A few days ago I read a touching article about fellow gamer, Mats ‘Ibelin’ Steen.
Mats was a Norwegian born gamer who had Duchenne muscular dystrophy (DMD), a rare disorder that causes muscle degeneration. Instead of allowing this disorder to define who he was and confine him to his wheelchair, he took to gaming and defined himself in his World of Warcraft character Ibelin, where for years he would have a positive impact on his fellow gamers.
Mats eventually died from DMD in 2014, however, as a testament to his good character and Ibelin, many within Azeroth (the name of the world in which World of Warcraft is set) mourned his death and even attended his funeral, in person.
If you have access to the BBC UK website you can read about Mats here, but be warned, it’s a touching read.
Years ago, during towards the end of the World of Warcraft expansion, the Burning Crusade, a highly liked member of the guild I was in died and I must confess it affected me more than I thought it would. Unlike Mats I do not have DMD but I use gaming to escape the world in which we live and re-invent myself in the games that I play. It was hard for me to accept that death still needed to be a part of my escapism and I suppose this is one reason why I usually game alone.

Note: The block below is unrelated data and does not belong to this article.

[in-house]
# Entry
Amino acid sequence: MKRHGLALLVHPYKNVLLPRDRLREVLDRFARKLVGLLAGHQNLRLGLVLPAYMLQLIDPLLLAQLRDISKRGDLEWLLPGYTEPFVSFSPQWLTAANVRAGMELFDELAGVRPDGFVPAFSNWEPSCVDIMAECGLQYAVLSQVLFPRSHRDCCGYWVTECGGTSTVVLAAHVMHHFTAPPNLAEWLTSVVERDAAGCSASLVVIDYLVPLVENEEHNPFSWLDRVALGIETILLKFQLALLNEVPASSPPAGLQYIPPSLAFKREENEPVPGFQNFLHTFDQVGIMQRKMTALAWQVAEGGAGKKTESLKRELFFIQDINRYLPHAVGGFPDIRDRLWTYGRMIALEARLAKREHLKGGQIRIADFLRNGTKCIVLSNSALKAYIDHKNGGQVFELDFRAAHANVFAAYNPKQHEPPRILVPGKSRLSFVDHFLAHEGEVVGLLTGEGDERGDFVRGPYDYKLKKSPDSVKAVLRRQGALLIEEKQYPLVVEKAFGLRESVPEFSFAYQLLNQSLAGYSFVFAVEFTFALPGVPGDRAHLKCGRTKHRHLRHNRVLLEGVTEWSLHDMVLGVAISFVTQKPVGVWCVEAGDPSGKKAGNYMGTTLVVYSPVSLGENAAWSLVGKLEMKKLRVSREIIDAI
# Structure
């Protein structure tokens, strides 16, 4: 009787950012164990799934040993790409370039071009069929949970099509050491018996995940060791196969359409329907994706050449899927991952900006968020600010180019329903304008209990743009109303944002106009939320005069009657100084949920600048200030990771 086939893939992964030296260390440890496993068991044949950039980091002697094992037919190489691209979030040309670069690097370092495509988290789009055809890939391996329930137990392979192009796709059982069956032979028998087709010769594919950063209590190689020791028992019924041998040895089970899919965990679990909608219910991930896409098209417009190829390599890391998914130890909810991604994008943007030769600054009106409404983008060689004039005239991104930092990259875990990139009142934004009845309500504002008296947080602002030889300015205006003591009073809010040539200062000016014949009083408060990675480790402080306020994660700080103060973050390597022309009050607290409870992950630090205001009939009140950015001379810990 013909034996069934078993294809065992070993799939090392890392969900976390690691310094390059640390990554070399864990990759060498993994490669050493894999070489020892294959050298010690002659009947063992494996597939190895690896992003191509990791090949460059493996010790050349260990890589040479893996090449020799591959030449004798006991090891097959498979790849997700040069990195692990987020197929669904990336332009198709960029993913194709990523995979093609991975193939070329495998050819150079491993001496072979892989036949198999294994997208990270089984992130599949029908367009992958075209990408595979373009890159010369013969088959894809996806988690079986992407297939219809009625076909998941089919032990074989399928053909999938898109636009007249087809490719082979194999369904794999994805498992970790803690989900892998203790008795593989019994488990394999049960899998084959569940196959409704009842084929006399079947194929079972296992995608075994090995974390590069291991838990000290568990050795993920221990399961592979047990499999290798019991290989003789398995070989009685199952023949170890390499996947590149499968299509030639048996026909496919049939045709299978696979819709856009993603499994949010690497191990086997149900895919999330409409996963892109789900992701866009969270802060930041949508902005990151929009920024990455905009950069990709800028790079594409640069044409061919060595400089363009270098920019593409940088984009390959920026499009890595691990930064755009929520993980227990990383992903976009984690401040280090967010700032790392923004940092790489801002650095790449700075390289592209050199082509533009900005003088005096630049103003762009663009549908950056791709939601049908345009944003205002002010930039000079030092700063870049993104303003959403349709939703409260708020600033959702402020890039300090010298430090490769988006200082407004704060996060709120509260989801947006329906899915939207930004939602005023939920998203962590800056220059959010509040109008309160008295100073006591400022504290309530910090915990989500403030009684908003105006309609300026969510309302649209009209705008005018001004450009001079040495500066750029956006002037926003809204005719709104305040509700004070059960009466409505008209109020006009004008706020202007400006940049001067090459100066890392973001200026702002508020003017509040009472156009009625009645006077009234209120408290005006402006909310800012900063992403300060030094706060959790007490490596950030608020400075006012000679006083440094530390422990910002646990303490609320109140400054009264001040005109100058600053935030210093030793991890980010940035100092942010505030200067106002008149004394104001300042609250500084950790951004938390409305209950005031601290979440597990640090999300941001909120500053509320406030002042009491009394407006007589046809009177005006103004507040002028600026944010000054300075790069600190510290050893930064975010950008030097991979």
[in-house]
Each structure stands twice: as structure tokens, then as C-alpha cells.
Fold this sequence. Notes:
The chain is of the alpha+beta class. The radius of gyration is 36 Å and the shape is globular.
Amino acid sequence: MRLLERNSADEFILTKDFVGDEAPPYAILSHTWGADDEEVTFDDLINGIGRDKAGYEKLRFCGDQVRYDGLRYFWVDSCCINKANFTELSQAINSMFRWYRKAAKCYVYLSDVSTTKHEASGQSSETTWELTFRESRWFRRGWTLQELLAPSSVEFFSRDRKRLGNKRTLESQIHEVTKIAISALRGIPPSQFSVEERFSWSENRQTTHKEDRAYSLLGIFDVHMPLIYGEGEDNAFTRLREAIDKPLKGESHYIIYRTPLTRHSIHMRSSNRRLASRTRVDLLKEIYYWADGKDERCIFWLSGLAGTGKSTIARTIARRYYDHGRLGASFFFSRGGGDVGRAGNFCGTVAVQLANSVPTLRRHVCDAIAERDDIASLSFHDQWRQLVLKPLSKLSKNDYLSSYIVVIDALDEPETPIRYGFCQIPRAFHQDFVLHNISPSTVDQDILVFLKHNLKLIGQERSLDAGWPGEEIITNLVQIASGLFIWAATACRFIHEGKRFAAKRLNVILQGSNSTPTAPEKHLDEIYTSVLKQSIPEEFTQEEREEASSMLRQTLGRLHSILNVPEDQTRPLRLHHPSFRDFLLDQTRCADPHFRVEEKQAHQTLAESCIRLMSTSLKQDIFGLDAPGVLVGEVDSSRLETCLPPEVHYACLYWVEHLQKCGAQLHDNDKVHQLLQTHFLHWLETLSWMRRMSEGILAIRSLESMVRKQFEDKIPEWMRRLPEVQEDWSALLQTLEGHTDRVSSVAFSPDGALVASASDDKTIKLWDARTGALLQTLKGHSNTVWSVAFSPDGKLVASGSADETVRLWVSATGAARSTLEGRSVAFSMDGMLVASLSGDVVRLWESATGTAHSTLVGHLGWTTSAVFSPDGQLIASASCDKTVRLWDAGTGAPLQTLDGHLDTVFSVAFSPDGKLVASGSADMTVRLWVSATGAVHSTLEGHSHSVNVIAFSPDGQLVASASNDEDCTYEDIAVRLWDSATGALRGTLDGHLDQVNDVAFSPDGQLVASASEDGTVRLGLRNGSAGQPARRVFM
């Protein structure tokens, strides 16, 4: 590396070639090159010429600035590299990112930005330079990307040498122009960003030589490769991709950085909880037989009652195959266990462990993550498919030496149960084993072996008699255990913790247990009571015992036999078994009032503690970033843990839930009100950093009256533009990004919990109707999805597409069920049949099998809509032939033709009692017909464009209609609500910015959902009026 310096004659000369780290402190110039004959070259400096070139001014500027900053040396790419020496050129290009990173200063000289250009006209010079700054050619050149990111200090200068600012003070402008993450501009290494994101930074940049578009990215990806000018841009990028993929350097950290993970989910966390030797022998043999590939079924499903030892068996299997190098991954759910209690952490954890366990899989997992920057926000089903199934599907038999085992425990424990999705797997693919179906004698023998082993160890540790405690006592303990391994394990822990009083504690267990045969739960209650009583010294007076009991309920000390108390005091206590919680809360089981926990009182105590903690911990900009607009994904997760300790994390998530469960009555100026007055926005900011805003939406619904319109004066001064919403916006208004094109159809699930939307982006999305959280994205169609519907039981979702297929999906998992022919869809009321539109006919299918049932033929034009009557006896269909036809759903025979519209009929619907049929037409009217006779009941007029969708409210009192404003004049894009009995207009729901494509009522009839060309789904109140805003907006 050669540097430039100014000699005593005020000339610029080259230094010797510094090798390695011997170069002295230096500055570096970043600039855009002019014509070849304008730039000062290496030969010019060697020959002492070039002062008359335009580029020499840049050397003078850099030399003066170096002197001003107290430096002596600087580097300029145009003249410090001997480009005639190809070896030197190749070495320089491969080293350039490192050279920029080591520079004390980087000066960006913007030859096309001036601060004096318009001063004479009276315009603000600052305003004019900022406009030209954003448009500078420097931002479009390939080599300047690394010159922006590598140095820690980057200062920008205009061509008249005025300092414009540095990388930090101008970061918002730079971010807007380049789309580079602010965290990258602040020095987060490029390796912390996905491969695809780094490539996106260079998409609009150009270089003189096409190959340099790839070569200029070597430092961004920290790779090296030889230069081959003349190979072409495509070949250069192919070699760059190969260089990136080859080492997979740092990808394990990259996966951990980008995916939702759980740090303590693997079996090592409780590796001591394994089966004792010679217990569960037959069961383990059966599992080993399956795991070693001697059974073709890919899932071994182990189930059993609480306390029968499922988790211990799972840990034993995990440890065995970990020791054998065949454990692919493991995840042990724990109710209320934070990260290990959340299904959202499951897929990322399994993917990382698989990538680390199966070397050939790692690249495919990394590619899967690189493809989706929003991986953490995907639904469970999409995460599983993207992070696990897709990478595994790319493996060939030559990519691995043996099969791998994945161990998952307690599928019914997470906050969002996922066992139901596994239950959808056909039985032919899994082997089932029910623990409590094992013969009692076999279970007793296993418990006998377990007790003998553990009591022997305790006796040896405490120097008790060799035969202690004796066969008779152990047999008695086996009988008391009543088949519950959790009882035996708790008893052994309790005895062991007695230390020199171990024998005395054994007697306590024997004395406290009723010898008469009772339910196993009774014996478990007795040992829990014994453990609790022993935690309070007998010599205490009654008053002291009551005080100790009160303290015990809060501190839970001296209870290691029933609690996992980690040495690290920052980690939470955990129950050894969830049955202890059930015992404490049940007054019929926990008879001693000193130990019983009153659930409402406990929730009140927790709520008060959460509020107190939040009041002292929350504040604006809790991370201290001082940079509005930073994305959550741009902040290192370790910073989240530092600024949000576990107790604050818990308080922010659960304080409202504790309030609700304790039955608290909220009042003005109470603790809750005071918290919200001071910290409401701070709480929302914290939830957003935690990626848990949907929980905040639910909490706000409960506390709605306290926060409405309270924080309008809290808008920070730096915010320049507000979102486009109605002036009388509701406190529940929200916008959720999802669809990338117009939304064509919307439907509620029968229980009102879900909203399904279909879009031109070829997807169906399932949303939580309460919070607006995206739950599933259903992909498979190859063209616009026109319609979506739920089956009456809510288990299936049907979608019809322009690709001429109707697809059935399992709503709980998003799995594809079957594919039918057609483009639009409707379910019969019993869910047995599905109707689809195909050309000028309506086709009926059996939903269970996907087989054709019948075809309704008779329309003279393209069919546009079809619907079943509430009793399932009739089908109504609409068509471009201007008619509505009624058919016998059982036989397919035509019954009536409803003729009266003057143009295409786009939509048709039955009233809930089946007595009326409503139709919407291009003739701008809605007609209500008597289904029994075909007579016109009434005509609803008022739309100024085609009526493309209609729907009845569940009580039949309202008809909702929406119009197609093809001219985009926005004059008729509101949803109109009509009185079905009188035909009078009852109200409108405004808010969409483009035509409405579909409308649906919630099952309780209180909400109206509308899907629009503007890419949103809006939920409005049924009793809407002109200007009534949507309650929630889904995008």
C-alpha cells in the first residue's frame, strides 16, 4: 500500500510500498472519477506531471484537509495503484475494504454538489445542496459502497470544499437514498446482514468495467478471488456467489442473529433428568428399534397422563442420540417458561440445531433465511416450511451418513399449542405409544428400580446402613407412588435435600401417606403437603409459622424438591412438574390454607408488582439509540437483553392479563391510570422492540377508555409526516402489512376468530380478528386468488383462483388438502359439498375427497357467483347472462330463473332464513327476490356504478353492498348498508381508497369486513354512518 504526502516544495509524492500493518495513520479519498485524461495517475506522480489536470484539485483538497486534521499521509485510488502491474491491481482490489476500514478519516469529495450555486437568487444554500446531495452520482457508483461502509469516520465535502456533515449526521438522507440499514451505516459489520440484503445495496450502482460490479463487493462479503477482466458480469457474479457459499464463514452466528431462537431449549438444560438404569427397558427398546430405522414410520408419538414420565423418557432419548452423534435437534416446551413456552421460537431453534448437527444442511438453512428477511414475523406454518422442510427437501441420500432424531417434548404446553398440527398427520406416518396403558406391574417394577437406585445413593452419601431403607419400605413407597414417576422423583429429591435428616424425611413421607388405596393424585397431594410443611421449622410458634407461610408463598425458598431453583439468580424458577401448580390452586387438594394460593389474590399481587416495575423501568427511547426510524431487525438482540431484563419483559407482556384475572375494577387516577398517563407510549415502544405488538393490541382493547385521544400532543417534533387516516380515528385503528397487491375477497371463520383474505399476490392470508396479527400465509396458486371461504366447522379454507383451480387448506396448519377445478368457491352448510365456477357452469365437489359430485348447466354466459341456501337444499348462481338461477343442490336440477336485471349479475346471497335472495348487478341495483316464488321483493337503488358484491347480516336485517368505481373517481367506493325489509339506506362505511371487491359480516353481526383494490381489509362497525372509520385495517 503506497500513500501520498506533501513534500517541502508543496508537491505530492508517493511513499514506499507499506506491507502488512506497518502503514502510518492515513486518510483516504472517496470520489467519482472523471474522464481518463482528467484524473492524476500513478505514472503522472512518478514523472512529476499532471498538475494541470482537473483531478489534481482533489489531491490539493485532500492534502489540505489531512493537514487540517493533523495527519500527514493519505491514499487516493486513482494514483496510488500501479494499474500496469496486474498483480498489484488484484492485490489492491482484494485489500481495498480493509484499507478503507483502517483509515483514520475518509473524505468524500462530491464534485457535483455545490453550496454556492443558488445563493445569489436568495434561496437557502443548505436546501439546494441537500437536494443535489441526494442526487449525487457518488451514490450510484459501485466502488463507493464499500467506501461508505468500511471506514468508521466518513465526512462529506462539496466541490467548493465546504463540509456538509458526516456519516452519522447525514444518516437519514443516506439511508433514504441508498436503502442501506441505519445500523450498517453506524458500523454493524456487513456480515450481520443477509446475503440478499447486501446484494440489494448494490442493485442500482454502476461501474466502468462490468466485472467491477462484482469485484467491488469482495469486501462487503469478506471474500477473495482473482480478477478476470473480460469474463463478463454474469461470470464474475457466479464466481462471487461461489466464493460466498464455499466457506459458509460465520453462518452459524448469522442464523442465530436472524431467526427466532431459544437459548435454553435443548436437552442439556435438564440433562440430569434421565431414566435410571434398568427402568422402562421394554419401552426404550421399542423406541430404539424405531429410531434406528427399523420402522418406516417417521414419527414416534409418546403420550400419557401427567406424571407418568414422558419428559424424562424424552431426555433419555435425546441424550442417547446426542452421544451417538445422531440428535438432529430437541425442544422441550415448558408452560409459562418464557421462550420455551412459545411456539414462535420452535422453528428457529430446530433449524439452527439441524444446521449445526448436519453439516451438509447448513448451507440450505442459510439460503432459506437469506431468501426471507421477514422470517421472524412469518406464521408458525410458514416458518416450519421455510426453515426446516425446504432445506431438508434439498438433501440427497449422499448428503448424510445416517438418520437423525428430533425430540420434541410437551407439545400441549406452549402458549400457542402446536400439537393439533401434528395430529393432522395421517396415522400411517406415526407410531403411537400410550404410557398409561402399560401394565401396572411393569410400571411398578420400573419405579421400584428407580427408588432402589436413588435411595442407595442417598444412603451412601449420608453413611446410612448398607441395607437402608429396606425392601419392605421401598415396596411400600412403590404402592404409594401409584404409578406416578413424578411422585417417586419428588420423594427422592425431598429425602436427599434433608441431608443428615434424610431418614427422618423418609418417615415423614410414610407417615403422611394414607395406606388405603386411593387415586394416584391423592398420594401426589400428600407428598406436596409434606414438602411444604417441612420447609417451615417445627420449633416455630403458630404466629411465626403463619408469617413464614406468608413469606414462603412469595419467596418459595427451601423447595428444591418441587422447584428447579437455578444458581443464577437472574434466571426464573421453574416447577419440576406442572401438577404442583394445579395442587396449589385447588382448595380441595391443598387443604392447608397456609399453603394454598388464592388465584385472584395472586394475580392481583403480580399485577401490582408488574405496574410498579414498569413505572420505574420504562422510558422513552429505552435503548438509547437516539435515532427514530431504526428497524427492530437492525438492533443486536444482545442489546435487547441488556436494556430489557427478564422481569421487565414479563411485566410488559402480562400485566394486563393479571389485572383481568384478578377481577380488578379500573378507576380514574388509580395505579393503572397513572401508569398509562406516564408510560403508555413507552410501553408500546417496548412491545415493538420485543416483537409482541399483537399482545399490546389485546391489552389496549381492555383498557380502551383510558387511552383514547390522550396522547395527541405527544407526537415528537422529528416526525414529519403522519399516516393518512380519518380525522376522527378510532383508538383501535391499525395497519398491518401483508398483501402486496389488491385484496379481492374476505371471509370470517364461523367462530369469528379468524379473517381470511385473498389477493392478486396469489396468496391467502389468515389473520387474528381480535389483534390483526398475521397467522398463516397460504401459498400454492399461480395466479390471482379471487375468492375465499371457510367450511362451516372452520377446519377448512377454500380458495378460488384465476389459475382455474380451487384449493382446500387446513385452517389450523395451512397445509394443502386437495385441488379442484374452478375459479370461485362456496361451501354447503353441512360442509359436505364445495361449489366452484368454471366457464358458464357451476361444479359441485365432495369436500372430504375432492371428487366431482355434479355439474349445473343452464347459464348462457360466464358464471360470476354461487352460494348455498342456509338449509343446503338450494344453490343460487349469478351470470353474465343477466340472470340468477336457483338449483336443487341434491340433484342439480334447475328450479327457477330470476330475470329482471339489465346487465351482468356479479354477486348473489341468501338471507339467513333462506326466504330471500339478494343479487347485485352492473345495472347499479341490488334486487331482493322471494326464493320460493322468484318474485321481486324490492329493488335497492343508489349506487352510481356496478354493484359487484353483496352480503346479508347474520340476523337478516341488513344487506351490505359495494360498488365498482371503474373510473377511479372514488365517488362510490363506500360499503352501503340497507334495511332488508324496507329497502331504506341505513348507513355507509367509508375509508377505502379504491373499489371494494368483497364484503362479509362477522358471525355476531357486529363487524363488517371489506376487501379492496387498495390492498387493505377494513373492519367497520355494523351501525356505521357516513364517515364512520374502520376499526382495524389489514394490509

I recently joined a guild called Midlife Crisis within World of Warcraft and I have always held them in high esteem. It has been great, for a change, to get to know people who have a passion for the same game as me and perhaps gaming in general. While at this present time the game does not interest me as much, I really hope my fellow guild members of Midlife Crisis know that I think they’re amazing and I hope in future they’re still around when I have my next stint of World of Warcraft. After reading about Mats I will post on the Midlife Crisis blog, just to let them know my intentions and give them ways to reach out to me. While I am currently bored of World of Warcraft, I am by no means bored of them.
Reading about Mats’ story, I am reminded of just how powerful gaming can be. What shall I tell my colleagues about my weekend when I go back to work tomorrow? Shall I tell them, as usual, that I did not get up to much and just had a chilled weekend? Or shall I tell them I saved the earth from Diablo and his hordes of minions?
When I die, I would have not climbed Everest, I would not have won an Olympic gold medal or scored the goal which won the world cup. I would have however slain dragons, saved he world from alien invasions, commanded space faring civilisations and lived though the greatest stories ever told, that’s enough for me.